Francis Rawdon Hastings, 1. Marquess OF Hastings (1813-1823)
John Adam (1823) (temporarily)
William Pitt Amherst, 1. Earl Amherst (1823-1828)
William Butterworth Bayley (1828) (temporarily)
The lord William Bentinck (1828-1833)

governor generals of India (1833-1858)

Office holder term of office
The lord William Bentinck (1833-1835)
Sir Charles Metcalfe, 2. Baronet (1835-1836) (temporarily)
George Eden, 1. Earl OF Auckland (1836-1842)
Edward Law, 2. Baron Ellenborough (1842-1844)
William Wilberforce Bird (1844) (temporarily)
Henry hard Inge, 1. Viscount hard Inge (1844-1848)
James Andrew Broun Ramsay, 1. Marquess OF Dalhousie (1848-1856)
Charles John Canning, 1. Earl Canning (1856-1858)

governor generals and viceroys of India (1858-1947)

Office holder term of office
Charles John Canning, 1. Earl Canning (1858-1862)
James Bruce, 8. Earl OF Elgin (1862-1863)
Sir Robert Napier (1863) (temporarily)
Sir William Denison (1863-1864) (temporarily)
Sir John Laird Mair Lawrence (1864-1869)
smelling pool of broadcasting corporations Southwell Bourke, 6. Earl OF Mayo (1869-1872)
Sir John Strachey (1872) (temporarily)
Francis Napier, 10. Lord Napier (1872) (temporarily)
Thomas George Baring, 2. Baron Northbrook (1872-1876)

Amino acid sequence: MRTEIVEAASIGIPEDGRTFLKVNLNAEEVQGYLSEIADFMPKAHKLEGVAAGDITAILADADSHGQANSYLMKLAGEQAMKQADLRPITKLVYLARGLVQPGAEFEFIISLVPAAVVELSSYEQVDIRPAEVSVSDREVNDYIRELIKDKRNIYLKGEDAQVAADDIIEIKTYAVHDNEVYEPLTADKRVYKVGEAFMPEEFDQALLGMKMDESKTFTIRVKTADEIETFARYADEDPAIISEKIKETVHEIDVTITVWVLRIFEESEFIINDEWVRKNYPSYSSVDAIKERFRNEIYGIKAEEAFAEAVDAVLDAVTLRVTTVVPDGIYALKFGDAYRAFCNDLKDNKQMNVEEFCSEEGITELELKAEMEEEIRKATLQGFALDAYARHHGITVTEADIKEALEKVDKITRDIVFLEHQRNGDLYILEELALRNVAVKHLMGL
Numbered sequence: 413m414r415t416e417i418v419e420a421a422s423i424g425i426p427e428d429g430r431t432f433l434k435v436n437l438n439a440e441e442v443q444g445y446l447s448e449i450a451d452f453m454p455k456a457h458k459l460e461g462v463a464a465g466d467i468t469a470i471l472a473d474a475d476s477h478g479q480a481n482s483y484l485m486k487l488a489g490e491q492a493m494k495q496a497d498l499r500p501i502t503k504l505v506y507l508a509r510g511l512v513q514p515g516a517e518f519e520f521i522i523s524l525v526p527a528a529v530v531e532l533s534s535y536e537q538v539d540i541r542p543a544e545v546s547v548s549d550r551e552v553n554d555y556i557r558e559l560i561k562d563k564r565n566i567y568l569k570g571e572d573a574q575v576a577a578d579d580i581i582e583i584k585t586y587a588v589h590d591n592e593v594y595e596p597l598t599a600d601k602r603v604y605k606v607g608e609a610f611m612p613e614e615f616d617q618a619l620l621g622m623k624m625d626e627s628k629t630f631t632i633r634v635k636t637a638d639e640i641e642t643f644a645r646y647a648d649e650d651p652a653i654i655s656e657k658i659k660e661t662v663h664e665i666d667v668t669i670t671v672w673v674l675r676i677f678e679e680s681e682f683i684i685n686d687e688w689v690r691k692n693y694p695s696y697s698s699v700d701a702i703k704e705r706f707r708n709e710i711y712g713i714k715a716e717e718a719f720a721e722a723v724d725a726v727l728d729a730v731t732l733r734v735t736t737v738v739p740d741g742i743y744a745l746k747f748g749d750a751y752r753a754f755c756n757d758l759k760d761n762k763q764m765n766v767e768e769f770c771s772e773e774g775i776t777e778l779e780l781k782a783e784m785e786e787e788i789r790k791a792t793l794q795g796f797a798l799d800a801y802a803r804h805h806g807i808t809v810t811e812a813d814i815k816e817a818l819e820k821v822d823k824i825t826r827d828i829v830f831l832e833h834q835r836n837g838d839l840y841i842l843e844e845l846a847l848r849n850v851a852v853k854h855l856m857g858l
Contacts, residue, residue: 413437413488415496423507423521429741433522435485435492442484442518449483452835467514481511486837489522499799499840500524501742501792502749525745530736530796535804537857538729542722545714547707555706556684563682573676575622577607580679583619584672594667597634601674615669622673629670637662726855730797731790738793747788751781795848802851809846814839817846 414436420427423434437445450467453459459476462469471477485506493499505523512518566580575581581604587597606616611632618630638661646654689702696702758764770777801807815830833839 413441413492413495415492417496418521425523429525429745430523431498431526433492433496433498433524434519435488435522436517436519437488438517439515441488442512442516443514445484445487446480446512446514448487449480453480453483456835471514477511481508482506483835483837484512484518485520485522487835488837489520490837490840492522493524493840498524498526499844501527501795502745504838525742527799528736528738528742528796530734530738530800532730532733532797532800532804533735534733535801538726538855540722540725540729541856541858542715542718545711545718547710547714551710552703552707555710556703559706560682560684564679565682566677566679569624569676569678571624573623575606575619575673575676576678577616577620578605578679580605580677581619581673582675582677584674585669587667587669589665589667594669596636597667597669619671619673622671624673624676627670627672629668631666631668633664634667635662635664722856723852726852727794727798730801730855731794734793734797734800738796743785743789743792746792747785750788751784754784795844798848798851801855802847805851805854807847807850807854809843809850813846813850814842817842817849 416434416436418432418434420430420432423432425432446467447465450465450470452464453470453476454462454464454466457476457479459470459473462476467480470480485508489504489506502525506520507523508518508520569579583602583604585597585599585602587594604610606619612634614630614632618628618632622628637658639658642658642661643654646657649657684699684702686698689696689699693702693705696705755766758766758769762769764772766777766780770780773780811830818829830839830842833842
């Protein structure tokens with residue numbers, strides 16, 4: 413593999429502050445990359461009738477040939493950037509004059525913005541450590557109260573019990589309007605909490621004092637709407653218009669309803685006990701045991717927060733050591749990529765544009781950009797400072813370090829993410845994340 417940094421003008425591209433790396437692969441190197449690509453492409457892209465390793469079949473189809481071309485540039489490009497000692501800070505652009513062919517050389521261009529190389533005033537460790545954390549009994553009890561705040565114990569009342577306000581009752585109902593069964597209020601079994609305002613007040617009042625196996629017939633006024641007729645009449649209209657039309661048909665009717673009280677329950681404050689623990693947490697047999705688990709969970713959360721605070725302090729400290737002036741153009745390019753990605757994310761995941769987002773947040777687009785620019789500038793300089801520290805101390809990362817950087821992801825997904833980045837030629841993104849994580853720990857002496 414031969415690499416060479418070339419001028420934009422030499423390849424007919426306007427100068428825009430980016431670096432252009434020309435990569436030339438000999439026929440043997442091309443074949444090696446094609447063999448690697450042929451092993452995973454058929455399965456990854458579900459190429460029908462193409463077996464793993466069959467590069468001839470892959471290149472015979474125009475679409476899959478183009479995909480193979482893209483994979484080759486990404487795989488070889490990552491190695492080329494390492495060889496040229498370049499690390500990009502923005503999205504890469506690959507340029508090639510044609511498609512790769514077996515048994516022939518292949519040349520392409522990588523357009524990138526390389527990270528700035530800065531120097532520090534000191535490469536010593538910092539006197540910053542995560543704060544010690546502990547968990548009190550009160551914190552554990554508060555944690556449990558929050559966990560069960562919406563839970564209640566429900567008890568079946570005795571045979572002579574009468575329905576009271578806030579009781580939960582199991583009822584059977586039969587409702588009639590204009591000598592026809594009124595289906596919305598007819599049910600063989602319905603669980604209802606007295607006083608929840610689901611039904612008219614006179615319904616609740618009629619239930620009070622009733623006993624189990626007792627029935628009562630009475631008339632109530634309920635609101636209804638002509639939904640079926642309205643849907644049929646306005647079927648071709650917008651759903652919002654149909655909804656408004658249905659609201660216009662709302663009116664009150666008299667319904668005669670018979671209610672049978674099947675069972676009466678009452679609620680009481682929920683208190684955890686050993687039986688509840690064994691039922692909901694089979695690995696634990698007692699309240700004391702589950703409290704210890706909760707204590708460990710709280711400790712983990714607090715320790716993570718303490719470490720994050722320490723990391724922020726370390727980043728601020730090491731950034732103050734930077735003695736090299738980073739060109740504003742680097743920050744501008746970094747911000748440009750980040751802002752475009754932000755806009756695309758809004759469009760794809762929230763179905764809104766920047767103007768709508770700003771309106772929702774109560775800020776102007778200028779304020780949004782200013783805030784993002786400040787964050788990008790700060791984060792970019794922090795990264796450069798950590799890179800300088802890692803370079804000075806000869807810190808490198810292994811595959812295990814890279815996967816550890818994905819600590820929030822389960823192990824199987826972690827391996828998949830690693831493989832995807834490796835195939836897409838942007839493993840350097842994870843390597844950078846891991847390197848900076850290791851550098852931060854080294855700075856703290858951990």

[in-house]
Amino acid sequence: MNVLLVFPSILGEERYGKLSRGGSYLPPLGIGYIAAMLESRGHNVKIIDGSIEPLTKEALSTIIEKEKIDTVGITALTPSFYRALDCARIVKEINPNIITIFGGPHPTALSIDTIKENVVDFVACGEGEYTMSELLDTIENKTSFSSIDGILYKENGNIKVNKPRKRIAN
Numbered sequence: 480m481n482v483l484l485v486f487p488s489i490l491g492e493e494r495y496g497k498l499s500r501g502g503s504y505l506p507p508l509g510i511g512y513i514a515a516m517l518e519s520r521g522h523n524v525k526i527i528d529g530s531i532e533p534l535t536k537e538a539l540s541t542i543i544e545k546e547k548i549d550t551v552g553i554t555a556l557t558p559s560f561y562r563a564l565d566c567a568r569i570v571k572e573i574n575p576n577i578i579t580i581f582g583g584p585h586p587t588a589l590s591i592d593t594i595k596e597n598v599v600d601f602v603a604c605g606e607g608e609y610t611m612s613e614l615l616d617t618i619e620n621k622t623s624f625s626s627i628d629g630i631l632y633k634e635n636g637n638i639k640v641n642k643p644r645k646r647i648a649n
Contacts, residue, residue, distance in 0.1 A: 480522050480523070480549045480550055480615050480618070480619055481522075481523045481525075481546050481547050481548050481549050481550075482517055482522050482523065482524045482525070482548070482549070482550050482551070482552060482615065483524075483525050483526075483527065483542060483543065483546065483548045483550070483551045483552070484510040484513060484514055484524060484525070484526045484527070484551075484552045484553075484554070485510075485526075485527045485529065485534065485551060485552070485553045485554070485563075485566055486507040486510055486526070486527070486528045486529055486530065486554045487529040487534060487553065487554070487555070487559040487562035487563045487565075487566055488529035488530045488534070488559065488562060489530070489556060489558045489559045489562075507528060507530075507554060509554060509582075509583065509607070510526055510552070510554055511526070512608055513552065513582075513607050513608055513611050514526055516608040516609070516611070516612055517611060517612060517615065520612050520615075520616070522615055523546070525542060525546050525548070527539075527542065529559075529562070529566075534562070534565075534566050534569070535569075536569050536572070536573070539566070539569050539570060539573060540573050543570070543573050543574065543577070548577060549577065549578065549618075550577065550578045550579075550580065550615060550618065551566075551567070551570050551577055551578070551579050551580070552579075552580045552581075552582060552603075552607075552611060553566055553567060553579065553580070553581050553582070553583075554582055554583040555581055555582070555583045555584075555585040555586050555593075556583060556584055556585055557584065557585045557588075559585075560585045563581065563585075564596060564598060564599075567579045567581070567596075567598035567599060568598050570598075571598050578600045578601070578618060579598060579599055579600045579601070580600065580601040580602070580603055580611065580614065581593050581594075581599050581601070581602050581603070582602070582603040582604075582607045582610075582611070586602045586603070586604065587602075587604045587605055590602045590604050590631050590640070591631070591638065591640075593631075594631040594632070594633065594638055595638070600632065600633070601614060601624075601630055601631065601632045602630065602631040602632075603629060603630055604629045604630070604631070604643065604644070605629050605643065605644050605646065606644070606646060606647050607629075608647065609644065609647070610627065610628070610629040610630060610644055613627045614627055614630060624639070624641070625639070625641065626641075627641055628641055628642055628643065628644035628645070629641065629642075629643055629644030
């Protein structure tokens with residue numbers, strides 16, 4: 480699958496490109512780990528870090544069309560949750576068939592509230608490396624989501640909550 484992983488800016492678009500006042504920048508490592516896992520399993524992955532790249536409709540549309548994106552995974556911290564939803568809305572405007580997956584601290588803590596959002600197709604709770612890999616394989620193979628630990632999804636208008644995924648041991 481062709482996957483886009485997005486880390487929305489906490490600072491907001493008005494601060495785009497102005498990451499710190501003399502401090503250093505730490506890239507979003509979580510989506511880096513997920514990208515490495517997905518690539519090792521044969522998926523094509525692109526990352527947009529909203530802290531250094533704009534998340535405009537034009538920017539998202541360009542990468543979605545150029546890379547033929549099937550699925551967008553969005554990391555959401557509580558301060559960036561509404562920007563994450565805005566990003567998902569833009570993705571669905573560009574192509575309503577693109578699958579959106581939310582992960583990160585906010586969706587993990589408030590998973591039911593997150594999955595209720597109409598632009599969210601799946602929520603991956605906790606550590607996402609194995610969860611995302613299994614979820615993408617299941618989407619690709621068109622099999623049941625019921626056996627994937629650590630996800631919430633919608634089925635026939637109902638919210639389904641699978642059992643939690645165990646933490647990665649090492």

Robert Bulwer Lytton, 2. Baron Lytton (1876-1880)
George Robinson, 1. Marquess OF Ripon (1880-1884)
Frederick Temple Hamilton Temple Blackwood, 1. Earl OF Dufferin (1884-1888)
Henry Charles Keith Petty Fitzmaurice, 5. Marquess OF Lansdowne (1888-1894)
Victor Alexander Bruce, 9. Earl OF Elgin (1894-1899)
George Nathaniel Curzon, 1. Baron Curzon (1899-1904)
Odo Russell, 1. Baron Ampthill (1904) (temporarily)
George Nathaniel Curzon, 1. Baron Curzon (1904-1905)
Gilbert Elliot Murray Kynynmound, 4. Earl OF Minto (1905-1910)
Charles hard Inge, 1. Baron Hardinge OF Penshurst (1910-1916)
Frederic John Napier Thesiger, 3. Baron Chelmsford (1916-1921)
Rufus Isaacs, 1. Earl OF Reading (1921-1925)
Victor Bulwer Lytton, 2. Earl OF Lytton (1925-1926) (temporarily)
Edward Frederick Lindley Wood, 1. Earl OF Halifax (1926-1931)
George Joachim Go, 2. Viscount Go (1929) (during lord Irwins absence on vacation)
Freeman Freeman Thomas, 1. Earl OF Willingdon (1931-1936)
Victor Alexander John Hope, 2. Marquess OF Linlithgow (1936-1943)
archie soon Wavell, 1. Viscount Wavell (1943-1947)
Louis Mountbatten, 1. Earl Mountbatten OF Burma (1947)

governor generals of India (1947-1950)

Office holder term of office
Louis Mountbatten, 1. Earl Mountbatten OF Burma (1947-1948)
Chakravarthi Rajagopalachari (1948-1950)

literature

  • Association OF Commonwealth Archivists and record of manager. (1999). “Government Buildings - India.”
  • “British Empire.” (1911). Encyclopædia Britannica, 11th OD. London: Cambridge University press.
  • James, L. (1997). Raj: The Making and Unmaking OF British India. London: Little, Brown & company.
  • Keith, A. B. (OD.). (1922). Speeches and document on Indian Policy, 1750-1921. London: Oxford University press.
  • “Viceroy.” (1911). Encyclopædia Britannica, 11th OD. London: Cambridge University press.